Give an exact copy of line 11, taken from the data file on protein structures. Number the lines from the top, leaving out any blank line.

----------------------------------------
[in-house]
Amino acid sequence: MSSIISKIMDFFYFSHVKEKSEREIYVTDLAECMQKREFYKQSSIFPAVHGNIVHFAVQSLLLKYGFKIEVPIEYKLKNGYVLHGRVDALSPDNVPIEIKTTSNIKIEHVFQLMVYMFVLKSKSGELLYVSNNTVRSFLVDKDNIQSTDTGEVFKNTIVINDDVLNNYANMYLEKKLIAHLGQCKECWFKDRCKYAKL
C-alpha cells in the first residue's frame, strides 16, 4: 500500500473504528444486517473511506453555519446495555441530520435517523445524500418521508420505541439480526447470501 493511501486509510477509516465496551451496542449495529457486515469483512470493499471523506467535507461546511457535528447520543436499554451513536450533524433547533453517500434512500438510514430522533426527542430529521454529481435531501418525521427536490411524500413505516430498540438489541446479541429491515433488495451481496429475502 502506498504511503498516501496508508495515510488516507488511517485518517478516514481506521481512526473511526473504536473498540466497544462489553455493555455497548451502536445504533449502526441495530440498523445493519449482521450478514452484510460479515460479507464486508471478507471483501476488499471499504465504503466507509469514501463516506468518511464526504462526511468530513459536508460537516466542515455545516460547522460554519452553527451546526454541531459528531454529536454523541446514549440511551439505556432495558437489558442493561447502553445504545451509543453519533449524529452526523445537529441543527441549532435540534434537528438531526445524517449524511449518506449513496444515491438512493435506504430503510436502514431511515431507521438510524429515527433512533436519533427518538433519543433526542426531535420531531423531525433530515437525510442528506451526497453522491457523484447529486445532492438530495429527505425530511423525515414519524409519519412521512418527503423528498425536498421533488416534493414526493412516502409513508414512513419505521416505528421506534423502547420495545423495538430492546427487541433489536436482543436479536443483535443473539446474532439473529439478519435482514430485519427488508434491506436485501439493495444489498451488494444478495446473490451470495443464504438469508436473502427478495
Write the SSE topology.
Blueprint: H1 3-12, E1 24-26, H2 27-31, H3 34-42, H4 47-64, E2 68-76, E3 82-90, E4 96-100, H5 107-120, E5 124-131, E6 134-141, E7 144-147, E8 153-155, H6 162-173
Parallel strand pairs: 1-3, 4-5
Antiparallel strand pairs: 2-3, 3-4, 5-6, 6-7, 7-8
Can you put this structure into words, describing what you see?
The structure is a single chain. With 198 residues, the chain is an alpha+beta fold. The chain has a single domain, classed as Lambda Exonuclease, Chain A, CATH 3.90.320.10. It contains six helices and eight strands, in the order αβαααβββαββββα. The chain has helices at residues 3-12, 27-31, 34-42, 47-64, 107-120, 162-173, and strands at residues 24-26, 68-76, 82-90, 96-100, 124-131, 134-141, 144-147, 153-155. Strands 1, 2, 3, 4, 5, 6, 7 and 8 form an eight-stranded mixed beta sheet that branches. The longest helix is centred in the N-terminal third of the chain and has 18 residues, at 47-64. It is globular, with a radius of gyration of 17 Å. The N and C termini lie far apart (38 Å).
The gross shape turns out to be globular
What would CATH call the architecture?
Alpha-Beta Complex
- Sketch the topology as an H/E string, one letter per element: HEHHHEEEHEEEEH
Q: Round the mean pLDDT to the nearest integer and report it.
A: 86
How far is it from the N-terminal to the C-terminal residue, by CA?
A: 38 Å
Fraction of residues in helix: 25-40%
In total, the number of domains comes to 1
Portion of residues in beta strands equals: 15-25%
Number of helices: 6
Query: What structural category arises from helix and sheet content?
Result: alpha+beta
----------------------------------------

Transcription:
What would CATH call the architecture?